The 6th Classic Safari Challenge - 2017
9 October - 5 November 2017
Classic Safari Reports
Safari Diary from Hermanus - South Africa - November 3
Day 19: Cathedral Peak to Phinda Game Reserve - Mud, mud, glorious mud - We awoke to a surprisingly cool and damp morning. But at 1500m above sea level these things are to be expected and, with the mist shrouded Drakensberg Mountains disappearing in our rear view mirror we journeyed on towards two gravel tests within marching distance of Rorke’s Drift. This was the scene of a much storied encounter between the British Army and the Zulus during the nineteenth century.
A passage control at the Rorke’s Drift museum gave the crews an opportunity to take on board coffee and to absorb a little of the savage history of the place.
The next section, the 261km to the night halt in Phinda surpassed everyone's expectations thanks to the combination of heavy rain, bustling market towns and unmetalled roads. Only one week ago we were enjoying temperatures of 40°c in a dry and parched environment. Today, the mercury never rose above 17°c and instead of clouds of choking dust, the crews were treated to rivulets of liquid red mud which transformed every vehicle it touched into something akin to an East African Safari Rally car. The crowds of cheering children along the roads in towns such as Nongoma only added to the occasion.
Whilst the landscapes and the roads of KwaZulu - Natal were certainly magnificent, the rally had good reason to press on towards our night halt in the game reserve of Phinda.
Set in a rare and beautiful sand forest, evening game drives through the reserve had been pre booked and some crews returned just before dinner to report that they’d seen leopard, cheetah and lions within an hour.
The lodges in the Park feature glass walls which give sweeping views of the surrounding forest and the dense canopy above it. We’ve got a rest day here tomorrow, and the prospect of the 5.00am reveille for more game viewing sent most crews scurrying to bed at a reasonable hour.
Day 20: Rest Day - Phinda Reserve - Game on - A day of game drives, relaxing and of being totally spoiled. The all inclusive Phinda Reserve proved to be an excellent spot for the Rally to hole up, get some laundry done and watch some amazing animals doing some amazing things.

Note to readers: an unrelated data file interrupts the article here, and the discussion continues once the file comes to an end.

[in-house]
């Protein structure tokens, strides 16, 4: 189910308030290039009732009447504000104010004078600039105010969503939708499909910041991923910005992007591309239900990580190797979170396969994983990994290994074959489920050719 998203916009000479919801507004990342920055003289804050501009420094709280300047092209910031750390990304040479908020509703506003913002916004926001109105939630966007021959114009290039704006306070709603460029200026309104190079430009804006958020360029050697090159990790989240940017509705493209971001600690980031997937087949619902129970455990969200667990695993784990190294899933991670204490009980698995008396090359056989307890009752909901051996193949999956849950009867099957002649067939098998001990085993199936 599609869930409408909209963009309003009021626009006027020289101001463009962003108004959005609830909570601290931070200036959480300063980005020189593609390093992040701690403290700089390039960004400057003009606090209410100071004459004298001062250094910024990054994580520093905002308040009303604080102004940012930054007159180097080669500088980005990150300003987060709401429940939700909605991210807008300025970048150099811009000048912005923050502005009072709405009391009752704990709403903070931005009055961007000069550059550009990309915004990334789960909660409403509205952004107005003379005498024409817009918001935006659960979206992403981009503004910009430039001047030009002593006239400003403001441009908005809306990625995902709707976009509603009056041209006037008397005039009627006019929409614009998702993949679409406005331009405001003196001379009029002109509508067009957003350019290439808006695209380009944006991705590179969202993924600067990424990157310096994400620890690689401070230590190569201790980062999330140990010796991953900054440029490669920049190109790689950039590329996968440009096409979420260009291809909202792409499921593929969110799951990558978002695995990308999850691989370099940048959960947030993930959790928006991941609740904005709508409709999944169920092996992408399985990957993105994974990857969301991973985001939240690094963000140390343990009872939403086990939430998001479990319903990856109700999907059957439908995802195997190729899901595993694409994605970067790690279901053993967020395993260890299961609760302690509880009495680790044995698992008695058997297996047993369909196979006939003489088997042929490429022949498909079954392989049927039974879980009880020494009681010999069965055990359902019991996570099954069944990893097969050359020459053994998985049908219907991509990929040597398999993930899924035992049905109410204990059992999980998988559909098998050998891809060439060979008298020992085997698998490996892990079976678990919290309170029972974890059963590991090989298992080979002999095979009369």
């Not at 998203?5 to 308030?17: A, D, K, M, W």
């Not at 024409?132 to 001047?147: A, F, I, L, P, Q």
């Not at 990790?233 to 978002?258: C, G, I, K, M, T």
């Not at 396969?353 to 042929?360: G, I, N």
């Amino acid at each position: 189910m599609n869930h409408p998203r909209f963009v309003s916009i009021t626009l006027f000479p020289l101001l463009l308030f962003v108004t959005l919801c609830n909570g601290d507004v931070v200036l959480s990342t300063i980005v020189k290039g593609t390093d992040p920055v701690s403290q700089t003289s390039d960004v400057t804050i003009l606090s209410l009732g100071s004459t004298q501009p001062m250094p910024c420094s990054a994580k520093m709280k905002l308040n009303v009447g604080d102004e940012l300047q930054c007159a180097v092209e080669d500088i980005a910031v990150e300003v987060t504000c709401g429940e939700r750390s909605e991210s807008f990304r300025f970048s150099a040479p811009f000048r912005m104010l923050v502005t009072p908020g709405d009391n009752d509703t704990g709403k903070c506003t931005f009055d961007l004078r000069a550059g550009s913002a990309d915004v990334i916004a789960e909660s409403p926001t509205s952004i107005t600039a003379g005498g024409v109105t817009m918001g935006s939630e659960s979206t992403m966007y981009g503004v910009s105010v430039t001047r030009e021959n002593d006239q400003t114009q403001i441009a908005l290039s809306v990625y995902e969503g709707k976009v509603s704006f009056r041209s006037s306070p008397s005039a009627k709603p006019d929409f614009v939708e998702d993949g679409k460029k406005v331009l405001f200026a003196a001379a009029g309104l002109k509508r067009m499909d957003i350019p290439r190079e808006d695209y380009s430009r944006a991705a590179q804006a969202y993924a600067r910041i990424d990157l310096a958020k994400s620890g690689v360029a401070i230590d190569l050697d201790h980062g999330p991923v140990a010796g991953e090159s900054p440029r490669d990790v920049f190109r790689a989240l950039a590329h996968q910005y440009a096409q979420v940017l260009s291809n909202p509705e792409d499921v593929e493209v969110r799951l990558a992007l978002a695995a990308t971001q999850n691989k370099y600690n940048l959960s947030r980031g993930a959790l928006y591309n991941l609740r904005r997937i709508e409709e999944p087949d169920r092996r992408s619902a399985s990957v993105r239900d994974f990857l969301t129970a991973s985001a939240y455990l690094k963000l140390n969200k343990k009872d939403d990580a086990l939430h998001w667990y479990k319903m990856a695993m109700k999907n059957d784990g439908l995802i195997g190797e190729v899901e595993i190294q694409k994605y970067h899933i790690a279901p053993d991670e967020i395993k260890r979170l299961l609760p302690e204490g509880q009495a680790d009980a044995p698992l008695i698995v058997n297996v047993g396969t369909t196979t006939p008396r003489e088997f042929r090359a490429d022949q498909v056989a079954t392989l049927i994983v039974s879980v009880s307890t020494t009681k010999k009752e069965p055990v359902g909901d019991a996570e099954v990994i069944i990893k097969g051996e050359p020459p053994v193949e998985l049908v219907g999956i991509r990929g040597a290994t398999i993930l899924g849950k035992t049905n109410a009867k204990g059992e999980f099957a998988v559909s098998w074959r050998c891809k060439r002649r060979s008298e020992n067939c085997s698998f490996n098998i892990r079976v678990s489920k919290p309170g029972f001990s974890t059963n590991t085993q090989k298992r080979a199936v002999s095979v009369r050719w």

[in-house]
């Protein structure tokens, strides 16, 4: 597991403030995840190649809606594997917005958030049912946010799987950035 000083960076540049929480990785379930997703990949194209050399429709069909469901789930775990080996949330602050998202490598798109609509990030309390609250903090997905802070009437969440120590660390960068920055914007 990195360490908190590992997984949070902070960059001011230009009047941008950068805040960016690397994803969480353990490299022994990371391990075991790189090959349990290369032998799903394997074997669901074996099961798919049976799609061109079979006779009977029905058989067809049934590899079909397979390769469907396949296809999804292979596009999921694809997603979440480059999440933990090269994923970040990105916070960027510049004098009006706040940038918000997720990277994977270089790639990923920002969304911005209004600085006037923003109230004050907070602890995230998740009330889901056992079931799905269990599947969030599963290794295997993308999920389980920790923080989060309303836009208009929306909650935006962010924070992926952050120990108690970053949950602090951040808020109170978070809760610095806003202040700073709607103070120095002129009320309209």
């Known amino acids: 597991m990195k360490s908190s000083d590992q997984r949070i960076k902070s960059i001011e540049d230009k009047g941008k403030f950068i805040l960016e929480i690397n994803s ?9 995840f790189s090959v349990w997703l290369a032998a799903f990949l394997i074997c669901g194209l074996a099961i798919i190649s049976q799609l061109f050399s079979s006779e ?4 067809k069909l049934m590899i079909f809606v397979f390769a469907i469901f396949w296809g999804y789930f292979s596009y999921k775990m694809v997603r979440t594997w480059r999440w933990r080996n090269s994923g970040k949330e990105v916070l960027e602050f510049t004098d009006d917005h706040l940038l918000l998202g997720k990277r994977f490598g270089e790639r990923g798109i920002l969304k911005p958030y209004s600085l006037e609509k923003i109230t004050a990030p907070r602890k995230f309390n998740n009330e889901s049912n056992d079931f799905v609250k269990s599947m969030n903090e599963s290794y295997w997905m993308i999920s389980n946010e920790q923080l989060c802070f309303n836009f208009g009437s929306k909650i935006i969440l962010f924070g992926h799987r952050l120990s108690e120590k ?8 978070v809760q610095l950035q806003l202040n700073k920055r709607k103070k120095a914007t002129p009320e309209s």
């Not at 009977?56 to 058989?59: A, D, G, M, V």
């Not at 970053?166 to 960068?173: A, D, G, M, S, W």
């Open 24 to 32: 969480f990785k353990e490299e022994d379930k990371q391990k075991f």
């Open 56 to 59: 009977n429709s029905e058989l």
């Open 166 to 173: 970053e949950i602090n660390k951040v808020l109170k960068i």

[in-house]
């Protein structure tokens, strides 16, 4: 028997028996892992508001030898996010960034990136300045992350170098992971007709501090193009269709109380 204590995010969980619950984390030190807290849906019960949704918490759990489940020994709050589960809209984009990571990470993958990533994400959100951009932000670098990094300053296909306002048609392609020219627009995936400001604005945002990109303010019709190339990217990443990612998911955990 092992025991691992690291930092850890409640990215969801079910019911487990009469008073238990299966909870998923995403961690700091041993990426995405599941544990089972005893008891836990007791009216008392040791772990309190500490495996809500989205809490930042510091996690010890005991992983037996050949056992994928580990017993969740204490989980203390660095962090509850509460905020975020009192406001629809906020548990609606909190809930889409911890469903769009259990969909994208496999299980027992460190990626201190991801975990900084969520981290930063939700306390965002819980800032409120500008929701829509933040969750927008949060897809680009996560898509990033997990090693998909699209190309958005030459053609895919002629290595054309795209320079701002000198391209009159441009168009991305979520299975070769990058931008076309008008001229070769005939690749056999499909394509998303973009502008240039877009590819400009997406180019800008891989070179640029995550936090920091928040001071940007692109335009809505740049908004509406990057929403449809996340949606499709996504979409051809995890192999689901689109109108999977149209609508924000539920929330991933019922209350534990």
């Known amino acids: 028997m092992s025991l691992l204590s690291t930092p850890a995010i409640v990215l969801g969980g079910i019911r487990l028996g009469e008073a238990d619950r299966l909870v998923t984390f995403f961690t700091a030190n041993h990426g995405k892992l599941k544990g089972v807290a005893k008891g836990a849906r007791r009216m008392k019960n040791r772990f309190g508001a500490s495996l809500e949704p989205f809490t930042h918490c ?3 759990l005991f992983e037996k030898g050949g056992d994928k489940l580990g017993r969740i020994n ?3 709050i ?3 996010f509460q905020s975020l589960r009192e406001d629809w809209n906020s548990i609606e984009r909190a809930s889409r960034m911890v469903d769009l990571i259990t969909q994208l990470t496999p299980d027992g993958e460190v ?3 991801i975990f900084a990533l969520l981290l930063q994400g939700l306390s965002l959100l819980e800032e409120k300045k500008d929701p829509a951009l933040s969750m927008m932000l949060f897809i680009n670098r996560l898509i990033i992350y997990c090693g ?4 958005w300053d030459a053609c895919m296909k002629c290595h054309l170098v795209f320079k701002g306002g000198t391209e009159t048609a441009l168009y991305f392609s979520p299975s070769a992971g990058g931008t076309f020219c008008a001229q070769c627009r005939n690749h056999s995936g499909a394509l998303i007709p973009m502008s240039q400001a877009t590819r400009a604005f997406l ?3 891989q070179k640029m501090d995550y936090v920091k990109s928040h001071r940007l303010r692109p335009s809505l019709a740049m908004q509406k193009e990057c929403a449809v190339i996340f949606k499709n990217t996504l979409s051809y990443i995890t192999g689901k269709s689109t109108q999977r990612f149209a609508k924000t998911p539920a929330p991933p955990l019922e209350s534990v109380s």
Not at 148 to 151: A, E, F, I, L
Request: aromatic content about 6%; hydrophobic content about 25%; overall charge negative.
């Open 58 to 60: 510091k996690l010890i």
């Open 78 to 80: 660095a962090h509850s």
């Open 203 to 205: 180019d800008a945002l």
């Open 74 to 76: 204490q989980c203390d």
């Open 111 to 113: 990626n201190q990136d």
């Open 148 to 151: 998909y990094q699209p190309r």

From dawn till well into the darkness, the always attentive guides and trackers took us through the bush, and gave us prides of lions, cackles of hyena, a leap of leopards and a crash of rhinos. Thankfully, given the size of the reserve and the individual nature of each safari drive we never saw a jam of Landcruisers.
Sundowners on the veld, with Amarula and biltong were served as an hors d’oeuvre to a fantastic fine dining experience in the boma. Local Zulu dishes were skilfully blended with South African and European ingredients and washed down with some excellent wines.
Day 21: Phinda Reserve to Umhlanga - Surf and turf - Another early morning start for another (possibly the last of the whole Rally) set of game drives, before our last Phinda breakfast and the drive to the Indian Ocean.
There was nothing too taxing for the crews to negotiate during the morning, save for one gravel section which saw the cars running alongside heavily laden and lumbering freight trains and timing their run to make sure that they were ahead of them before the next unmanned crossing.
We then had lunch at the lovely Mtunzini Country Club and met up with old friend, local resident and sometime rally navigator Seonaid Boyne Davidson Beningfield.
The afternoon’s run took in eucalyptus forest, pineapple fields and sugar cane plantations before we arrived in the chic seaside resort of Umhlanga Rocks, where liveried staff were on hand to give us the best welcome possible.
Stephen and Samantha Hardwick’s Datsun, unfortunately suffered some bodywork damage on the road to the finish, when a local car caught them a glancing blow at a junction. Both crew members were unhurt and the sweep crews are looking at ways of ‘polishing out the scratches’. Doubtless the leaders of the Classic Category will continue with the rally and, with a bit of luck, still be on top spot in Cape Town.
The night halt today is the beautiful Oyster Box Hotel, right on the Indian Ocean, this is the perfect blend of modernity, colonial charm & style and, as we have another rest day tomorrow before the long pull to the finish, most crews wasted no time in making themselves at home.
Day 22: Rest Day, Umhlanga, Oyster Box - Having whale of a time - With just under one week to go, the Classic Safari Challenge finds itself today settled on the shore of the Indian Ocean having left the Atlantic some three weeks earlier.
This is the last rest day before the home run and the Oyster Box hotel had many things to offer our travel stained crews from spa treatments, rounds of golf, whale watching or lounging around in, or alongside the pool.